After that we were attached to a company in the battalion that was responsible for the Fallujah area. They were guarding an ammo supply point to the south when the siege happened in April. We had no choice but to tag along. They told us to pack for three days. We had no idea what we were in for. That was our 18 days of combat. We distributed Humanitarian Rations, (humrats as we called them) conducted assessments of the bridges, the hospital, and various homes, and helped out with various checkpoints and other combat operations, including patrols, processing detainees, and casualty evacuations. All while getting shot at, mortared, rocketed, and RPGed. Those were the days. For the rest of the time our team spent in Iraq, we would always look back at that experience fondly. We spent most of the rest of our tour establishing the Fallujah Liaison Team facility (FLT) as a functioning Civil Military Operations Center (CMOC) where civilians and local leaders could interact with the military in various ways.
When we left in February we were told we wouldn’t be coming home until October. So I spent a lot of time thinking about how much fun I was going to have between October and school in January. I was going to travel a lot, write a book, and so on. In July they told us we would be back in early September. My immediate reaction was, “What’s the end of the add-drop period again?” I got online at the internet café at the main base to find that it was September 13th and I’d be back at least a few days before that so I emailed the Registrar and Residential Life Coordinator to make arrangements. Everything was going well until our arrival date started getting pushed back. But I was able to get syllabi from two of my professors, ordered a few books from amazon.com to be delivered to Camp Fallujah, and even emailed an assignment in.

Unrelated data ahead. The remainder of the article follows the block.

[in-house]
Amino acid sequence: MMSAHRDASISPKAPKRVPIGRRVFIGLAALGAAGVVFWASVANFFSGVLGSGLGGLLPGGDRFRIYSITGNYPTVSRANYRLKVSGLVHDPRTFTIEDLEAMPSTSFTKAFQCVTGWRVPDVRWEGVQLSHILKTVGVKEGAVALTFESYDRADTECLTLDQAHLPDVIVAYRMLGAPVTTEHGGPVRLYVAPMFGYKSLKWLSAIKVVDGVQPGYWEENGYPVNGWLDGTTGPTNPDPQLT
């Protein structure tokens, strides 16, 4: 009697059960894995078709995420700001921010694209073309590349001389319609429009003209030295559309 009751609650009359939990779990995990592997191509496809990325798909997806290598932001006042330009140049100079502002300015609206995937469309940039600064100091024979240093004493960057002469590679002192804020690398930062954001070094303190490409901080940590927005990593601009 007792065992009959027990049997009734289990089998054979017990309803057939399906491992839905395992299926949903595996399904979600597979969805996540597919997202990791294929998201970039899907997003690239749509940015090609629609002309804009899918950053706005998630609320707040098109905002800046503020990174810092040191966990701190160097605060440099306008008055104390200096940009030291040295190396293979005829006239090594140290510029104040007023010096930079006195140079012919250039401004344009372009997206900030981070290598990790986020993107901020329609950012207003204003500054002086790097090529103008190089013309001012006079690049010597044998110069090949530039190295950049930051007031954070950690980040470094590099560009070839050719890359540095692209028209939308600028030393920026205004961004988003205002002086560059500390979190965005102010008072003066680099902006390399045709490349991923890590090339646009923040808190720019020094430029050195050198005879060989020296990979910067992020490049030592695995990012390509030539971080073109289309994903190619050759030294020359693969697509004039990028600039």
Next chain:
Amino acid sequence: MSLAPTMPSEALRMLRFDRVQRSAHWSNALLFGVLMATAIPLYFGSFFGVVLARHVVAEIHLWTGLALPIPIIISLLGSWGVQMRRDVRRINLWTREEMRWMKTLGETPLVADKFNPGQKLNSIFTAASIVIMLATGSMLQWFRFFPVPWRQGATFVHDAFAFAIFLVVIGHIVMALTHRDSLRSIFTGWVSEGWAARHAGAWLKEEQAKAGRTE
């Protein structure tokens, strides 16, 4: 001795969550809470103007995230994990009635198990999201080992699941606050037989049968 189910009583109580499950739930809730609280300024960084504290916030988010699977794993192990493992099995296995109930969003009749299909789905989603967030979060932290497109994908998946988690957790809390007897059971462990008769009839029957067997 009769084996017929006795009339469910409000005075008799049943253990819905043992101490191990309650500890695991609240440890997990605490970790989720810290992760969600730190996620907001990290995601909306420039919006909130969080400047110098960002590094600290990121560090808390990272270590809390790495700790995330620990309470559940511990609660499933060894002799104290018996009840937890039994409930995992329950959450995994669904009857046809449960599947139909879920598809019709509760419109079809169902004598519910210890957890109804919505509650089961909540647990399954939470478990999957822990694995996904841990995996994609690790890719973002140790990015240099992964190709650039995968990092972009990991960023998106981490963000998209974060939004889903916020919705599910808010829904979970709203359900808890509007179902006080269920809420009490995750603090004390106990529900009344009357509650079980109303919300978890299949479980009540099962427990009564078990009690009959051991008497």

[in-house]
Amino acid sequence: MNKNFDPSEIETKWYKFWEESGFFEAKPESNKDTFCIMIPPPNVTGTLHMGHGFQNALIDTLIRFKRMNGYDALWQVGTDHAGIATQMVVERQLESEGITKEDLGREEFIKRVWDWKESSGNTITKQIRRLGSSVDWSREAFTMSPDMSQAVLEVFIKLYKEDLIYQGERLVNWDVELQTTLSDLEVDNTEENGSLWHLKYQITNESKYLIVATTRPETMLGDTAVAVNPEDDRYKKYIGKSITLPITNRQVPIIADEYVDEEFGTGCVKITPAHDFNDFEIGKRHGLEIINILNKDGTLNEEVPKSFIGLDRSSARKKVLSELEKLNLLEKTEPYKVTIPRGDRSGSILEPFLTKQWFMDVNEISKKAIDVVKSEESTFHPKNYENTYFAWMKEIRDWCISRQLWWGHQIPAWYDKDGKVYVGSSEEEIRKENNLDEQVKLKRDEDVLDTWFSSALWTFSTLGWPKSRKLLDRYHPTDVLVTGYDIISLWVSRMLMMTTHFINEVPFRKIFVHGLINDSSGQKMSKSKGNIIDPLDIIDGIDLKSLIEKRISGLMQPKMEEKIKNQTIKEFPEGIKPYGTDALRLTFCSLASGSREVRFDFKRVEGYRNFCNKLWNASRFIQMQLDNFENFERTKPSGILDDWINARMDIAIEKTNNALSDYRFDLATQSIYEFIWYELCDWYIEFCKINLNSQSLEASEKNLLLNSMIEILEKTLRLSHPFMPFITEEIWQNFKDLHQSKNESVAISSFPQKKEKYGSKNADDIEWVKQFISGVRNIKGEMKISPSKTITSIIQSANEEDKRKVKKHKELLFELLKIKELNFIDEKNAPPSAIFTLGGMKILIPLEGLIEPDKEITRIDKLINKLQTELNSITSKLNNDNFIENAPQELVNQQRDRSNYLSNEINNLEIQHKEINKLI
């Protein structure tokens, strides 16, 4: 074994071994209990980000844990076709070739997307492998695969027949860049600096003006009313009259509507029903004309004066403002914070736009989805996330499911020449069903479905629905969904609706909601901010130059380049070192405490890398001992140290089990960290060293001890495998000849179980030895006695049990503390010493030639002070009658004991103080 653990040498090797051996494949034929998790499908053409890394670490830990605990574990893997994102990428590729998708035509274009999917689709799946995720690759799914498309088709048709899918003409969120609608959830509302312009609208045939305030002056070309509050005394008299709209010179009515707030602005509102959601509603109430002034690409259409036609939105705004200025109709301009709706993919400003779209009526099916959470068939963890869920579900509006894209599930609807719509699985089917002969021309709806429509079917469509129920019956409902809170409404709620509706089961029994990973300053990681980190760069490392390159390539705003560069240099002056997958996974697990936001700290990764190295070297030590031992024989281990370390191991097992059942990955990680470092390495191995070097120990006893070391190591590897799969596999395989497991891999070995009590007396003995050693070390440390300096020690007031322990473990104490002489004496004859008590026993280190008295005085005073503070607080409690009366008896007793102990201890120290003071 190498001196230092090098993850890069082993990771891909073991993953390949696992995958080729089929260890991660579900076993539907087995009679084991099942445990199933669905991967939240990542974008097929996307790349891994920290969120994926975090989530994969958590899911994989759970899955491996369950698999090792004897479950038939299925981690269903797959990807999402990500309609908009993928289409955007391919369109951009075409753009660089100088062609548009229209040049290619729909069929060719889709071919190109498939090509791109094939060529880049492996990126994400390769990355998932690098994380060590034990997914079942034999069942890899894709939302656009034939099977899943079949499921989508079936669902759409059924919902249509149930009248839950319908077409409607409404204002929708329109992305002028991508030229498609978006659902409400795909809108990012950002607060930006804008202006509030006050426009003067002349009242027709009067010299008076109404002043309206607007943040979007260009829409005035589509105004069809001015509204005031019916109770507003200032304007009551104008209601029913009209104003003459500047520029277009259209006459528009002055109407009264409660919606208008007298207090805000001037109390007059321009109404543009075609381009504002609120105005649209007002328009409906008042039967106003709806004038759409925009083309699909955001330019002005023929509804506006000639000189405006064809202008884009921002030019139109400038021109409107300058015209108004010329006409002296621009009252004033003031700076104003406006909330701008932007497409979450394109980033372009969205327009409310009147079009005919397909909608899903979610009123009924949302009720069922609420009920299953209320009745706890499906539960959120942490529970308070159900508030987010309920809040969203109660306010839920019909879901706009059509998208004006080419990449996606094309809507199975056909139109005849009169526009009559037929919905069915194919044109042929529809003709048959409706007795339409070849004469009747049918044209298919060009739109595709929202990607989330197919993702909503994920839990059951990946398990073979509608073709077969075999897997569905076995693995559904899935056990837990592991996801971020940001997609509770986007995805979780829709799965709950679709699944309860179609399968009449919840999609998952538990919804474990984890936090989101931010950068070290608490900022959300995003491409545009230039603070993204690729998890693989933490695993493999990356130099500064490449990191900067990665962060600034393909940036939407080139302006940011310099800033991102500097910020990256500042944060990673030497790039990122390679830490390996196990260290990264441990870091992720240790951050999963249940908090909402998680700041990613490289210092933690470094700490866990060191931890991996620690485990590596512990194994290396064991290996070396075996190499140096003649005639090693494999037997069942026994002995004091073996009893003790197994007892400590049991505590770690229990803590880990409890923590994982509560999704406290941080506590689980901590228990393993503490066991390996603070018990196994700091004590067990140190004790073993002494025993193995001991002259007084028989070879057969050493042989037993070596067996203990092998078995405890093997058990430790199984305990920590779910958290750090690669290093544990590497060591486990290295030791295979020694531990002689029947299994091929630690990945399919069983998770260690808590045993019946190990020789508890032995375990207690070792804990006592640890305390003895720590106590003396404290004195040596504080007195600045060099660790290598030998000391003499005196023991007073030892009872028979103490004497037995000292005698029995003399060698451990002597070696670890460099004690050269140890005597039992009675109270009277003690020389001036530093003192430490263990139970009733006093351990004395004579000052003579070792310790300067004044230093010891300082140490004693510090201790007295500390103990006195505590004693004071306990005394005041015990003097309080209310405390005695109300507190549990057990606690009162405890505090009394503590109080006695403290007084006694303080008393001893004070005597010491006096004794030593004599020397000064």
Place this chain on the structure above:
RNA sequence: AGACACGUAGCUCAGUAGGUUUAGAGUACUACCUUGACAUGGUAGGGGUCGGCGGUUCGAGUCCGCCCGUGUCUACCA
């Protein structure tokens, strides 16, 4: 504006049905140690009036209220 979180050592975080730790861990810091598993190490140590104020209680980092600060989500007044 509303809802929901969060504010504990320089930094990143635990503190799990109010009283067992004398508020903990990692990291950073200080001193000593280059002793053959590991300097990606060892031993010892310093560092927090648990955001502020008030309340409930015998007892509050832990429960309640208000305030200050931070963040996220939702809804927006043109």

I went out to the normal on-campus parties that weekend to see all the people I hadn’t spoken to in 7 months and was eager to see. I didn’t feel comfortable getting drunk, and the crowds made me very nervous. In CA, it was often my job to interact with crowds, usually groups of children in villages or men at my checkpoint at the FLT. But I always had a rifle and a pistol and I always had someone watching my back, usually with a machine gun. A cardinal rule for interacting with crowds was to never let anyone get behind you. We had all heard the horror story of a Marine who was killed with his own pistol. When crowds got close around me I would often just leave one hand on my pistol and let my rifle dangle on the sling in front of me. Every time someone bumped into me from behind at a party I instinctively reached down for my pistol and had a moment of awkward panic before realizing that I was being absurd. I had developed such a strong habit of waking up two or three minutes before my alarm that I often woke up thinking I had to be somewhere. I was so used to being on guard when in public that it was hard to truly relax at first.
I had to go back to Camp Pendleton for most of the next two weeks, most of which was spent in stress and readjustment classes (the merits of which I won’t debate here) that for me caused way more stress than they relieved. They may have been helpful for other reservists making the slow transition back to civilian life, but I was missing class! At least I learned that normal combat stress symptoms take 6-12 weeks to go away, which was reassuring. But now I’m back into my old routine, going to class, playing rugby, throwing parties. It’s been a strange transition, like when you wake up and realize that world you were just in while you were dreaming is not the world you are in now as you sit up in bed. And you sit there for a while and ponder the significance of what you were dreaming and wonder what the dream might have revealed about you. It definitely had some relevance. But then you shake it off, get out of bed, and go on with your day. That’s what it’s been like for me, waking up from a bad dream. It’s almost as if it happened to someone else already. Don’t get me wrong though, I had a great experience, and I’ll never regret volunteering for a second.